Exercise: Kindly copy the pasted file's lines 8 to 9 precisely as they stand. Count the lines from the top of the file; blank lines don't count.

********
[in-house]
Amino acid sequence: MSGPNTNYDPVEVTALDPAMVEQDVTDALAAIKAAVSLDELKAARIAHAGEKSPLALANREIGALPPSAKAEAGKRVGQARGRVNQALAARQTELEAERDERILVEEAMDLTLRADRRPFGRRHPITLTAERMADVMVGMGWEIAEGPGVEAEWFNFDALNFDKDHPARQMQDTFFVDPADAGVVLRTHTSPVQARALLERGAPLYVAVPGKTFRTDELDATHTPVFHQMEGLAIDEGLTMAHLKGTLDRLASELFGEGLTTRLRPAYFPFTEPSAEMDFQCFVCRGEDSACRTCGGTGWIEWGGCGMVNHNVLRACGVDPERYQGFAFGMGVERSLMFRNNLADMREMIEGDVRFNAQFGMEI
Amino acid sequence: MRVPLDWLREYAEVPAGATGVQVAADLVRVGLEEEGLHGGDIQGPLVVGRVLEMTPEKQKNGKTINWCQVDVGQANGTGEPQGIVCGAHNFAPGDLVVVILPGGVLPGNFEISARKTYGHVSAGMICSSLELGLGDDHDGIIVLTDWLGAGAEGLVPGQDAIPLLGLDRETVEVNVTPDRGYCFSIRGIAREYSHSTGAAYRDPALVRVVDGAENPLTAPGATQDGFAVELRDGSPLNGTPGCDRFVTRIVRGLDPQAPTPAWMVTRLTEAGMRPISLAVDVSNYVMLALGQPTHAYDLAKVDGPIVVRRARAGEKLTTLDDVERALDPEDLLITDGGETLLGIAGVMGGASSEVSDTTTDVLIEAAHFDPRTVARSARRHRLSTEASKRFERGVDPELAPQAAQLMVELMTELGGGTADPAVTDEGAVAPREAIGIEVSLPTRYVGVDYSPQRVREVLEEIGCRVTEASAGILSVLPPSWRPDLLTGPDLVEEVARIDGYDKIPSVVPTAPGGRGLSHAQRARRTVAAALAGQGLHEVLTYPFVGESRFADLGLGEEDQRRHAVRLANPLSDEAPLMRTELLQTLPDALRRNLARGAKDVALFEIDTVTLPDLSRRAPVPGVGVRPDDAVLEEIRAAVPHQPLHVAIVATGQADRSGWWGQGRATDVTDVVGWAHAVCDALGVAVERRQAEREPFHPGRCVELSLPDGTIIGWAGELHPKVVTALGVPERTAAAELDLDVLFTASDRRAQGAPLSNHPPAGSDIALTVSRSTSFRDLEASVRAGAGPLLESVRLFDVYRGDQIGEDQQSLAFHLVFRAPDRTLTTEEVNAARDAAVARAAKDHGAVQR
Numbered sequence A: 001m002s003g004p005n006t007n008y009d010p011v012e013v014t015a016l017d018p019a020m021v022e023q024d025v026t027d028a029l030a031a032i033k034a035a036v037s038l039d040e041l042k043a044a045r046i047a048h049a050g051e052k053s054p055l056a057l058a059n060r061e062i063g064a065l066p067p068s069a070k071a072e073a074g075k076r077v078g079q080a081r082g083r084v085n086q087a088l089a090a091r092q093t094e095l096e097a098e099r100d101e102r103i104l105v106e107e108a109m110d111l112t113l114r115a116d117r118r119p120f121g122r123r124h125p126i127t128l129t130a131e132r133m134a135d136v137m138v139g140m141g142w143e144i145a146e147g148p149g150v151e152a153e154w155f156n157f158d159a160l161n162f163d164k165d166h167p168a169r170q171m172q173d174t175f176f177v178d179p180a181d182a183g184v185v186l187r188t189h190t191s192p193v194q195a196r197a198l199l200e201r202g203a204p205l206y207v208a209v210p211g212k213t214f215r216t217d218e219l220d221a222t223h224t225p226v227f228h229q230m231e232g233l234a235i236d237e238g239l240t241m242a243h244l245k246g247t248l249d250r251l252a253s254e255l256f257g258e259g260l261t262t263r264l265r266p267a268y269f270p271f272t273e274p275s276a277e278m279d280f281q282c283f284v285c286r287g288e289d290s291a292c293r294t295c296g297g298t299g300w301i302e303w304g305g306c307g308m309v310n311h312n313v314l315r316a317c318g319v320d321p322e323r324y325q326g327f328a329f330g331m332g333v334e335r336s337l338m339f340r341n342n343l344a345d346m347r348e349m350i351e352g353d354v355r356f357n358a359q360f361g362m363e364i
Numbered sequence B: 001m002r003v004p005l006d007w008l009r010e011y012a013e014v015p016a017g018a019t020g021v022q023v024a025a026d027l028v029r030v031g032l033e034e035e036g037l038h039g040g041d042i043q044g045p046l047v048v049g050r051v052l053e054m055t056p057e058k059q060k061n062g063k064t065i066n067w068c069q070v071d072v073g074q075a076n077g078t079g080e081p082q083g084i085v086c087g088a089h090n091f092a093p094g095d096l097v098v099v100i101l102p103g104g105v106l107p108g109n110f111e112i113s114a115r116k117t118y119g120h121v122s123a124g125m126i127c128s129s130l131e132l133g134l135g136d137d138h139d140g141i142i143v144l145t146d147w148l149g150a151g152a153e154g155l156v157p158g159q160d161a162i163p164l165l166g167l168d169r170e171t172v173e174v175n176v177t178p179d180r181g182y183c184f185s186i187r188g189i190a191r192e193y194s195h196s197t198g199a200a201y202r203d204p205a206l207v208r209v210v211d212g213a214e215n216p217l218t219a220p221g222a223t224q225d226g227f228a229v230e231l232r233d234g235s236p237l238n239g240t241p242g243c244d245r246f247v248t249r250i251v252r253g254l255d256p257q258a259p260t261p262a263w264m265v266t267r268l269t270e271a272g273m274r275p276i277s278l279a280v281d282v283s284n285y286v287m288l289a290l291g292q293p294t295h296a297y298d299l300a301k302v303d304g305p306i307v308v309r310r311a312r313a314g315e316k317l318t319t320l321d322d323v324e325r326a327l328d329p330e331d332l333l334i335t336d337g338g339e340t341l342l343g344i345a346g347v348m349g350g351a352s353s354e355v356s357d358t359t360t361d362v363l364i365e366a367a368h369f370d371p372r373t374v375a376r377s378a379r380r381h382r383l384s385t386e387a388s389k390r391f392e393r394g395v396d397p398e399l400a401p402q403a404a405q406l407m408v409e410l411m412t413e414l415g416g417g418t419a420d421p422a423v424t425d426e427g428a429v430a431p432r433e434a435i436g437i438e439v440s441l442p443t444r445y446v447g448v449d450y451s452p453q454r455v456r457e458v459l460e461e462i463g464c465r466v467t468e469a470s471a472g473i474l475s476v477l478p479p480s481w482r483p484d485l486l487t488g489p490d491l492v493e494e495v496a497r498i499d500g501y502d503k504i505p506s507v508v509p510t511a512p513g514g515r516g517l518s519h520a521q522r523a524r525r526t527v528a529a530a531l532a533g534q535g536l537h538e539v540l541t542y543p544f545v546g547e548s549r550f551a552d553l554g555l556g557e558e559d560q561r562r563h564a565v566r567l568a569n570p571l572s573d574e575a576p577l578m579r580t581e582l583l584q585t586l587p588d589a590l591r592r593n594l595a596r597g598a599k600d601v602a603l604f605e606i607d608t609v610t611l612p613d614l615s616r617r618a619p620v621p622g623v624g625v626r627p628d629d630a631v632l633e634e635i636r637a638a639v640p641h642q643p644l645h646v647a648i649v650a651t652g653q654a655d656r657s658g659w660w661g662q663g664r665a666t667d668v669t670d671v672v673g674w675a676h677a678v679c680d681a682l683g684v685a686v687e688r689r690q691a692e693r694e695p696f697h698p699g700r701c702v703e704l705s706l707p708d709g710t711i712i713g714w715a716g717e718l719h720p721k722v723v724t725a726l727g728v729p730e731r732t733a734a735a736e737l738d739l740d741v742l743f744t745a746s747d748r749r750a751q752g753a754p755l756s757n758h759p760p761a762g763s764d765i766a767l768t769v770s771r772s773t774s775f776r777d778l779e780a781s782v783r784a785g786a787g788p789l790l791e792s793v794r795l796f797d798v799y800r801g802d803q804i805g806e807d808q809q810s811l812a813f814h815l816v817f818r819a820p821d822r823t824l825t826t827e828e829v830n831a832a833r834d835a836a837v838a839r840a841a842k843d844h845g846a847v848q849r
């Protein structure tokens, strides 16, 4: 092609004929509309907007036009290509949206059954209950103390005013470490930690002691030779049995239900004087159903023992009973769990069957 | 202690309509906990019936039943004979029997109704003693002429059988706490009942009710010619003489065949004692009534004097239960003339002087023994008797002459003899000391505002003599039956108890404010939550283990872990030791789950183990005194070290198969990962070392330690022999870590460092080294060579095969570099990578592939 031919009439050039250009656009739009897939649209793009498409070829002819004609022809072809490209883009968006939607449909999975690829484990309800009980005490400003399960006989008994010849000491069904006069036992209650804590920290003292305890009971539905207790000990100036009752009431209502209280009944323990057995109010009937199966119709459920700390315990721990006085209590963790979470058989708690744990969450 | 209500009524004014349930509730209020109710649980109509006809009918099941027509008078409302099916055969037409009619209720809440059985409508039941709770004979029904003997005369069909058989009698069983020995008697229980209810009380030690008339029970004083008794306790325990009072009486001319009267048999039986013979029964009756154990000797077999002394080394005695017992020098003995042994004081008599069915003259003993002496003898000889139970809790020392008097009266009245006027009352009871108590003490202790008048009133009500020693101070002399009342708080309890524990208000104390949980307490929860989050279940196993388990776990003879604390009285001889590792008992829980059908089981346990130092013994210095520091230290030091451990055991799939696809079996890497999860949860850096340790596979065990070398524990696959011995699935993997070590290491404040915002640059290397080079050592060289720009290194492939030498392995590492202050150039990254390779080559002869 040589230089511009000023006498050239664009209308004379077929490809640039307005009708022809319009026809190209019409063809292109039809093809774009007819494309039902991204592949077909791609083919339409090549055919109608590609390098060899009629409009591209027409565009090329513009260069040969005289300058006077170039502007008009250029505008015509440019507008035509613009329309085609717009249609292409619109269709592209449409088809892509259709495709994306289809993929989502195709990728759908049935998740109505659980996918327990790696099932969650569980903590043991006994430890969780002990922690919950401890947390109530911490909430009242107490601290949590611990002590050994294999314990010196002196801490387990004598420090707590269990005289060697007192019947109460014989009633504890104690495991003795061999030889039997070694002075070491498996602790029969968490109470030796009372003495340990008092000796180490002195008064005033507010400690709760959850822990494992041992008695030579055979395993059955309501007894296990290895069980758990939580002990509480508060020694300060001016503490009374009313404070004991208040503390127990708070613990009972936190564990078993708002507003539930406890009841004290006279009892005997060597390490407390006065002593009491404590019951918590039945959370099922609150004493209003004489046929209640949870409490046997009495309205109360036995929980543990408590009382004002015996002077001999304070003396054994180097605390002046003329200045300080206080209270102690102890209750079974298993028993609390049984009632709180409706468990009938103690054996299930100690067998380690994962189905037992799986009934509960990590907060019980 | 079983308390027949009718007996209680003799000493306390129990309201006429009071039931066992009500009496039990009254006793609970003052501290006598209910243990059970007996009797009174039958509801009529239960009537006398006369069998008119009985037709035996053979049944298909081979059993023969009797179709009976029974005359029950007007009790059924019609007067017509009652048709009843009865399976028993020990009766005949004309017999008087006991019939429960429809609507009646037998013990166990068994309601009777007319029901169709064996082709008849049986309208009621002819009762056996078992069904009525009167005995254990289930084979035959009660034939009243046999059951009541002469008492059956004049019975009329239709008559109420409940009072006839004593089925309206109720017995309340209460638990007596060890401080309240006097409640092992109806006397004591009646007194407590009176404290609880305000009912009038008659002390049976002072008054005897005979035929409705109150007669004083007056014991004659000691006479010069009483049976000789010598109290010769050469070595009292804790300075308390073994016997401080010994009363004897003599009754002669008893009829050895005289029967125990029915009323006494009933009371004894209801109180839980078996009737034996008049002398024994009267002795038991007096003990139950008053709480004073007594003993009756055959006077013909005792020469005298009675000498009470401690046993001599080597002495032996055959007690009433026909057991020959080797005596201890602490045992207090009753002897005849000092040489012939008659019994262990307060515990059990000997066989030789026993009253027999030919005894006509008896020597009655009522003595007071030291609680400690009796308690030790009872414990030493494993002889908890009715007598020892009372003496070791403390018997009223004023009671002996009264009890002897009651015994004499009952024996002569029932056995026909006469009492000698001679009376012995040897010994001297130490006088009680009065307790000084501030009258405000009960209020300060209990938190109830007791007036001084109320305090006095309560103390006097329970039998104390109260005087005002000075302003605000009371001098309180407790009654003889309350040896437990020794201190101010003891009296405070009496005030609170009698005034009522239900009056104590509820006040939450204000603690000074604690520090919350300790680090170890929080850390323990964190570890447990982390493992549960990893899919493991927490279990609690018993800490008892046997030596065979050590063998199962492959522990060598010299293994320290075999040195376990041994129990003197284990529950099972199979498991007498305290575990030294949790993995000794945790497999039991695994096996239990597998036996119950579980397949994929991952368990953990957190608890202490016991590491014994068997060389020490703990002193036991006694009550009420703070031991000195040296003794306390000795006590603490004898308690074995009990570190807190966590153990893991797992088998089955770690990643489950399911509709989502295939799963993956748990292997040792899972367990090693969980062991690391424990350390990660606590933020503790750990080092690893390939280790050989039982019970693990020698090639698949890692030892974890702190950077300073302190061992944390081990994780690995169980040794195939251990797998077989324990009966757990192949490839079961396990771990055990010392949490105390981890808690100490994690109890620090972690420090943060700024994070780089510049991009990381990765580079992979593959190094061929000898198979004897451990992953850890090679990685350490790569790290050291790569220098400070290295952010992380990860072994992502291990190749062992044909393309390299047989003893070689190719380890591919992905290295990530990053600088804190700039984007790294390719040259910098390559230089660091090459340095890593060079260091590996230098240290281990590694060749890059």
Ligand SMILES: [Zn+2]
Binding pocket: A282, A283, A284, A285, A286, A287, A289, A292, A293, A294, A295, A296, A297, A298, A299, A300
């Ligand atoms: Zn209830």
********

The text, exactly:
Binding pocket: A282, A283, A284, A285, A286, A287, A289, A292, A293, A294, A295, A296, A297, A298, A299, A300
């Ligand atoms: Zn209830």